Shares of Twitter (NYSE:TWTR) recently rallied after the social networking company's first quarter numbers beat analyst estimates on both the top and bottom lines. Revenue fell 7.8% annually to $548 million, exceeding expectations by $36.1 million. The company's non-GAAP earnings fell 27% to $0.11 per share, but still topped estimates by $0.10.

CEO Jack Dorsey then tweeted that he personally bought another 574,002 shares on the open market, boosting his total purchases in 2017 to 1 million shares. All that good news lifted Twitter shares by about 10%, but the stock remains almost 40% below its IPO price.

Two Twitter bluebirds in a speech bubble.

Image source: Pixabay.

Therefore, investors are right to wonder if Twitter's bounce will lead to meaningful gains, or merely give long-suffering investors a chance to cut their losses. I believe that the latter will happen, for three simple reasons.

1. A double-digit drop in advertising revenue

During the quarter, Twitter's ad revenues fell 11% annually to $474 million and accounted for 86% of its top line. That was much worse than its 0.5% decline in the fourth quarter and its 37% growth in the prior year quarter.

Within that total, Twitter's O&O (owned and operated) ad revenues -- which exclude ad revenues from ad networks like MoPub -- also slid 11% to $415 million. Twitter attributed that decline to "a challenging start to the quarter," but claimed that the growth trajectory improved with "more stable revenue trends beginning in mid-February."

However, that slowdown also indicates that advertisers are still shunning Twitter for bigger internet advertising ecosystems like Alphabet's Google and Facebook (NASDAQ:FB).

This indicates that Twitter's new initiatives -- like its curated stories in Moments and live streaming video deals -- aren't generating enough ad revenue. It also indicates that costly live video contracts, like the NFL deal which it recently lost to Amazon, can't guarantee its survival. Lastly, these moves are likely being overshadowed by faster growing apps like Facebook's Instagram, which recently hit 700 million monthly active users (MAUs), and Snap's Snapchat, which has over 300 million MAUs.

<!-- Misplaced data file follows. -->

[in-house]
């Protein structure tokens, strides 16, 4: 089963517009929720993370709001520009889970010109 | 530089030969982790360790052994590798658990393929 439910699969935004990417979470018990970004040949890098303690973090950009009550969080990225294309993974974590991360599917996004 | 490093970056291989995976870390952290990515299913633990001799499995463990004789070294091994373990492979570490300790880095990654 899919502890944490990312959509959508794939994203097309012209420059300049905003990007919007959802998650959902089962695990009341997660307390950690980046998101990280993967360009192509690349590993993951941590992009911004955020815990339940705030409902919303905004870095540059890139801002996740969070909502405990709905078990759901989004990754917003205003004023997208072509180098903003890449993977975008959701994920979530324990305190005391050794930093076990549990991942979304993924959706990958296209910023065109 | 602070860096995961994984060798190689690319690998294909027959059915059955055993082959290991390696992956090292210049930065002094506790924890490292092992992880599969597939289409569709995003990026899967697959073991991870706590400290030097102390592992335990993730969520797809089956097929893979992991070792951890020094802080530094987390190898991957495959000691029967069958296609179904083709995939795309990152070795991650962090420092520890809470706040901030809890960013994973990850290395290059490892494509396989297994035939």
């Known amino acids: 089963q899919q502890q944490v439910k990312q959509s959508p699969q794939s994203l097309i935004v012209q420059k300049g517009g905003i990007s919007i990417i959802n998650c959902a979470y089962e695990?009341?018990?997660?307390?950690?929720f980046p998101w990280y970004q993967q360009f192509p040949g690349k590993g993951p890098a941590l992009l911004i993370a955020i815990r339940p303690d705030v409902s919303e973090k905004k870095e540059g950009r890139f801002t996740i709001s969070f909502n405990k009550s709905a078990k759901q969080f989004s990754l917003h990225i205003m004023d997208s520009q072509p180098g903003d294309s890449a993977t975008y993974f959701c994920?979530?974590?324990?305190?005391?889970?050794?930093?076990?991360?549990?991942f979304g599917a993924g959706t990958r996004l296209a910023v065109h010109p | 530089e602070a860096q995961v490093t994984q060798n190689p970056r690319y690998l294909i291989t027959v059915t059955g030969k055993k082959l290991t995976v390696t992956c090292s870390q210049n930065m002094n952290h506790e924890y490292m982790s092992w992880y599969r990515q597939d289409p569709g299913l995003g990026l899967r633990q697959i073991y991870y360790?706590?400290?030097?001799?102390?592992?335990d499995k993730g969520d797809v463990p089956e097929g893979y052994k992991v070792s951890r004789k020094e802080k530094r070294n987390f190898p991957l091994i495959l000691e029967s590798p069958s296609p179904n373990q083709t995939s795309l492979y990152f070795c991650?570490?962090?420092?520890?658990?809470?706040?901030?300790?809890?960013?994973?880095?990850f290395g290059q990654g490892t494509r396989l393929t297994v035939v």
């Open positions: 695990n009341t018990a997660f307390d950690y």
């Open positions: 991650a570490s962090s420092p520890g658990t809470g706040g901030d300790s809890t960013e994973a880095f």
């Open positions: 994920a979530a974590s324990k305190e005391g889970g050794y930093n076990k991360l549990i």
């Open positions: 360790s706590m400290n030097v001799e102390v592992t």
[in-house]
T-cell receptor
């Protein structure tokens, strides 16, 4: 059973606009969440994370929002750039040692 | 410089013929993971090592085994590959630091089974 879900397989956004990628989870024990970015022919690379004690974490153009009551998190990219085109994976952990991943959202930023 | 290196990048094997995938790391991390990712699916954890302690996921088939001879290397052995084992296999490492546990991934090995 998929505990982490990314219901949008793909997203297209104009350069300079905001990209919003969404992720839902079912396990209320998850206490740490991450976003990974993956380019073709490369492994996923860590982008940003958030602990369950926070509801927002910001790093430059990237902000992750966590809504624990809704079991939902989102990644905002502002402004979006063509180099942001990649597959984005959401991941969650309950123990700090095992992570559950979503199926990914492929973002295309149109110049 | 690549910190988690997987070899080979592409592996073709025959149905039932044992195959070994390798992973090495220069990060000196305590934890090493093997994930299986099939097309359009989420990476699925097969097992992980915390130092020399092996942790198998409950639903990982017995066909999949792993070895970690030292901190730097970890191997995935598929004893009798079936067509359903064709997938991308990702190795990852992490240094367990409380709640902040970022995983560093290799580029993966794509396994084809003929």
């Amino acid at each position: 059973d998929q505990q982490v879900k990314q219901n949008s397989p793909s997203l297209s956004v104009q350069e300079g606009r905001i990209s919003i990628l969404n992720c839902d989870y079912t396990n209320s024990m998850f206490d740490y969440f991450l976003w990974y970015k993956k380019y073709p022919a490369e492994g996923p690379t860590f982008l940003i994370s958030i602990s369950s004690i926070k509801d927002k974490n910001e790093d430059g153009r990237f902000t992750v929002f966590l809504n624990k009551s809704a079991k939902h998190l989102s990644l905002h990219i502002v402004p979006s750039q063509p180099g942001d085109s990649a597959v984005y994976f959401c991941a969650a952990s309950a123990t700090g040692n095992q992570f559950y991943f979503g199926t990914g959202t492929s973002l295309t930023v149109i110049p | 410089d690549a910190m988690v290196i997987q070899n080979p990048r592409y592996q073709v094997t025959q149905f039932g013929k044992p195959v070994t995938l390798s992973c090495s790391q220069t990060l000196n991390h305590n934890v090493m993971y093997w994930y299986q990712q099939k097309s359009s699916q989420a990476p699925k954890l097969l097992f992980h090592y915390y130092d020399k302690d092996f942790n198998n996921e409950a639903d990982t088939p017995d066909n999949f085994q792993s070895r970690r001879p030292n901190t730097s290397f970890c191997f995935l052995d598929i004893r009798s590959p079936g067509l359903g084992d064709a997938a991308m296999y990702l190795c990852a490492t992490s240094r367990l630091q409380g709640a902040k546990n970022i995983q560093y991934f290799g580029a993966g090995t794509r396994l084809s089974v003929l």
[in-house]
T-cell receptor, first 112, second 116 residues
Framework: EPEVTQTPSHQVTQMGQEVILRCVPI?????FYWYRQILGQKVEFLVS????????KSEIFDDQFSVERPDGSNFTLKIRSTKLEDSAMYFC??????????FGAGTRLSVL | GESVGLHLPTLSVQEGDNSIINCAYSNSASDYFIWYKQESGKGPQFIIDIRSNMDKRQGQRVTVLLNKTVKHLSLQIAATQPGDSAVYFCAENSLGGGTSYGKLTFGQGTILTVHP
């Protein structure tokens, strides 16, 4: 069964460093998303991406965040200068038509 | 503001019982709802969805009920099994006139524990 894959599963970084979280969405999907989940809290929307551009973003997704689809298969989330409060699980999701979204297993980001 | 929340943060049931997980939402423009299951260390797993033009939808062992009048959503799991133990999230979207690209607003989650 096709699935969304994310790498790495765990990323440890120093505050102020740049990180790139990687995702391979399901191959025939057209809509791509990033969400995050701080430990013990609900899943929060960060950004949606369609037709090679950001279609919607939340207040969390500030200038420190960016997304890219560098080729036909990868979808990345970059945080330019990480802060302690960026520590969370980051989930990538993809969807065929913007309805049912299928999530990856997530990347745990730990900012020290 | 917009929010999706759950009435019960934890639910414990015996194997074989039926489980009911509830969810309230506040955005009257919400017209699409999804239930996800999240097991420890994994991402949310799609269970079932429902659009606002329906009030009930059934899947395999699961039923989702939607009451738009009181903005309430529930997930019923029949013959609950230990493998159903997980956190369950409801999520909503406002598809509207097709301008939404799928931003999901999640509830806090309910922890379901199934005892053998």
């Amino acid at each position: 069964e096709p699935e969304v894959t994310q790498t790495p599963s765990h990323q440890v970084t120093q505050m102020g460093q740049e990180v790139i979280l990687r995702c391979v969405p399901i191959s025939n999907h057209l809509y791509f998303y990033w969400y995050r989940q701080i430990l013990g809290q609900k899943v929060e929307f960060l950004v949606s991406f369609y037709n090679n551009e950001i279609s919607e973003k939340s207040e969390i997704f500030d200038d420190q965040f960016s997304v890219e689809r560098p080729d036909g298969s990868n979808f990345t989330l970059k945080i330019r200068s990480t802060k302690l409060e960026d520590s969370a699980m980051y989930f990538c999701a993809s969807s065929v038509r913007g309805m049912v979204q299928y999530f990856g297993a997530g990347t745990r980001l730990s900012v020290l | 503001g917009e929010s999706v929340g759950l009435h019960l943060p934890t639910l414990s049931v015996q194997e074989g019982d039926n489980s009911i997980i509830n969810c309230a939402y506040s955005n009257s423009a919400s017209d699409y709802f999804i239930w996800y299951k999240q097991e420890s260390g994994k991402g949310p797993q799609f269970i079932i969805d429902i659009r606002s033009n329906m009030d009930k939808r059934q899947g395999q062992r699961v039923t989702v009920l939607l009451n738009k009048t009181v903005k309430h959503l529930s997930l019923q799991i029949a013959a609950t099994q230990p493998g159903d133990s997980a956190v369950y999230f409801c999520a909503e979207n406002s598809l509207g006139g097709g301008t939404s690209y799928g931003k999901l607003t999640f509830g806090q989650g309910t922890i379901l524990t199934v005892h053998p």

2. More users, less revenue?

In previous quarters, Twitter grew its ad revenues even as its MAU growth flatlined. But even after growing its MAUs 6% annually to 328 million during the first quarter, Twitter's ad revenues fell sharply. That trend is deeply troubling if we examine those figures over the past few quarters.

YOY growth in..

1Q 2016

2Q 2016

3Q 2016

4Q 2016

1Q 2017

MAUs

3%

3%

3%

4%

6%

Ad revenues

37%

18%

6%

(0.5%)

(11%)

Source: Quarterly reports.

This means that if Twitter's MAU growth dries up again, it probably can't squeeze more ad revenue out of existing users. That will force it to boost its operating expenses again to develop and promote new ad products to advertisers -- which would reverse Dorsey's current strategy of cutting costs to boost non-GAAP earnings.

3. Negative U.S growth and anemic overseas growth

That disparity becomes even more jarring if we break down Twitter's MAU growth by regions. During the quarter, Twitter's average U.S. MAUs rose 7% annually to 70 million -- presumably due to President Trump's constant tweets and the media's excessive citing of tweets in news stories -- yet its total U.S. revenues fell 13% to $341 million. This strongly indicates that advertisers didn't like the idea of posting promoted content in the middle of heated political debates.

This problem was less apparent in the international business, which saw its MAUs rise 6% annually to 259 million and its revenue grow 2% to $208 million. The bulls might suggest that Twitter can expand internationally to offset its slowdown in the U.S., but many overseas markets are already dominated by bigger social apps like Facebook and Instagram.

The key takeaways

Despite all these issues, Twitter made notable progress in several key areas, like reducing its stock-based compensation expenses, reducing expenses across the board, and streamlining its business around its core assets.

Unfortunately, that progress just isn't enough to offset its lackluster user growth and its alarming revenue declines. Twitter beat low expectations during the first quarter, but that doesn't mean investors should get bullish on this beaten-down stock yet.

Suzanne Frey, an executive at Alphabet, is a member of The Motley Fool's board of directors. Leo Sun owns shares of AMZN. The Motley Fool owns shares of and recommends GOOG, GOOGL, AMZN, Facebook, and Twitter. The Motley Fool has a disclosure policy.